We actually blew the valve rod bushing right out of the steam chest on the first run. (Amazingly, this was not the bushing I had so much trouble with. That one had the piston rod running through it and performed perfectly in the actual test. For the technically curious, I made the base plate, the columns, the piston rod bushing, and the piston.)
Fortunately, we had time to tear it down and fix the problem before our second run.
Fig. 3 Engine #2 down for repairs. Photo by the author
A couple of false starts, some hurried consultation, a helpful senior, and a few minutes’ work with the scissors in Bill’s Leatherman, some brass shim stock, and the arbor press, and Team 2 was back in business. By then the other teams had all had their runs, the fastest of which clocked a top speed of 2287 RPM, so Bill and Cam stepped up to the testing bench, and…
… 3266 RPM, baby. The fastest entry this semester, and only 480 RPM shy of the all-time record, 3746. (Bill’s sure we could get it going that fast if we had more time to futz with it.)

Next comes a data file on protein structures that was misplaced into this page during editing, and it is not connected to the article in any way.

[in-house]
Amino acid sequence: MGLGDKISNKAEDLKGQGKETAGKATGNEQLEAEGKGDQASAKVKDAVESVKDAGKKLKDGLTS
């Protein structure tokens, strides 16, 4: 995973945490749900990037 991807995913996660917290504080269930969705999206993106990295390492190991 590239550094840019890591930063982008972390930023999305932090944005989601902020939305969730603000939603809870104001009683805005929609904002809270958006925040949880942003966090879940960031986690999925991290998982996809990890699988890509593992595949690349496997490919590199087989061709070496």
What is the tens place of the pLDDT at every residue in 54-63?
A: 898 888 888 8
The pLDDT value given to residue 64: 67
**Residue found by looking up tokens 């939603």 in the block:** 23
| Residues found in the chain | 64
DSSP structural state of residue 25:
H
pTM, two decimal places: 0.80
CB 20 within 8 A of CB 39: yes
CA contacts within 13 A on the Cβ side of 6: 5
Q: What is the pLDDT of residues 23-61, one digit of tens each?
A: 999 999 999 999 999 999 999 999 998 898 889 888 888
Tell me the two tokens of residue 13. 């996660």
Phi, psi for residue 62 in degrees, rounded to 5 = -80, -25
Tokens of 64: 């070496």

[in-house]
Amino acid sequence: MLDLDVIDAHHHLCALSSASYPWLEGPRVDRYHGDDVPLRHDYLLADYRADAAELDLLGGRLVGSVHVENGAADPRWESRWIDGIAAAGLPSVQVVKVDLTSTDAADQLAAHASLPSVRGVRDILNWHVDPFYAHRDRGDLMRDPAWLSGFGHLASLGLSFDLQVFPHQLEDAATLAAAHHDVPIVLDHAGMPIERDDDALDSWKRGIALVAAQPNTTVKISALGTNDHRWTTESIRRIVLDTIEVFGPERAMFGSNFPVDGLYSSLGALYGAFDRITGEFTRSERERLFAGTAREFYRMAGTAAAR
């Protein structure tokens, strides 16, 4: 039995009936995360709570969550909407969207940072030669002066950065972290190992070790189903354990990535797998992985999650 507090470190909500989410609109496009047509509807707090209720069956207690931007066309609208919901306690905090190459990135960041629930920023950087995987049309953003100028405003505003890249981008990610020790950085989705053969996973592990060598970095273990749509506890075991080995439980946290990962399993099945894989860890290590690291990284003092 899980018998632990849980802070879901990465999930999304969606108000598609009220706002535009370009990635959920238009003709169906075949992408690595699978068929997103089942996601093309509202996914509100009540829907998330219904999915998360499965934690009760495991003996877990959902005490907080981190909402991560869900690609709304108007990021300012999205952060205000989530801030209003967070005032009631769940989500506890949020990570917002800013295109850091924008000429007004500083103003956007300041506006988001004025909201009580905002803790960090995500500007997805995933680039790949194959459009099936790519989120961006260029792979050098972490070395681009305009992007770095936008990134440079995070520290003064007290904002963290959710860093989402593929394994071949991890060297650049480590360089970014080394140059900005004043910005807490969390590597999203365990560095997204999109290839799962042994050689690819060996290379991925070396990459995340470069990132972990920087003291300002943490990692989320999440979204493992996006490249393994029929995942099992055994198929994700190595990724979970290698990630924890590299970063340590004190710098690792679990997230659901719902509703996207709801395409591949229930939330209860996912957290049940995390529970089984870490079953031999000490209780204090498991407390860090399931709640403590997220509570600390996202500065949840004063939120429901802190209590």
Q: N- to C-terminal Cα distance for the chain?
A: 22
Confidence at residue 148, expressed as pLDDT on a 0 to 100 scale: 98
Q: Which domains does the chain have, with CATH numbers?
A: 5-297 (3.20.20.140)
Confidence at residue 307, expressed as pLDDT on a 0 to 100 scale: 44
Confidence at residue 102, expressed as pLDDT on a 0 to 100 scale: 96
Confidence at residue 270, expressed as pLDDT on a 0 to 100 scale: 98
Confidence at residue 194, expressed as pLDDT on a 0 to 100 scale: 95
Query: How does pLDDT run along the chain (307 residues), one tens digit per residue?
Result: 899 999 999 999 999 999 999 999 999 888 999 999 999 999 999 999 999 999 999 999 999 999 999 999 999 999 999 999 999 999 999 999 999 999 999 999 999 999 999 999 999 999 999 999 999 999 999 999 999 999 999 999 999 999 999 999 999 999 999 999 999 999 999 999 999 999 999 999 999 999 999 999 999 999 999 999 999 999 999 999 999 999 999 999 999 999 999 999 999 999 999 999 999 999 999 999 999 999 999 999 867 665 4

So hey! Victory. It’s what’s for dinner. (Apologies for the crap camera work. Bit excited.)
More news to come, and it’ll get steadily more out of date as the posts go on…
Well, Week 2 is behind me now. It took me a bit of scrambling around (and a fair bit of pestering people), but I got my class schedule stabilized – and, more or less coincidentally, my work load somewhat reduced – by midweek. I’m carrying 12 credit hours now, which is the minimum for full-time student status but about what I feel comfortable tackling after so long away. I’m taking care of a little unfinished business in the form of the Intro to Astronomy lab I skipped, for reasons I still don’t remember, back in 1993. And I have the time freed up to attend the live lectures for my online math class, which has already started paying off after a single session.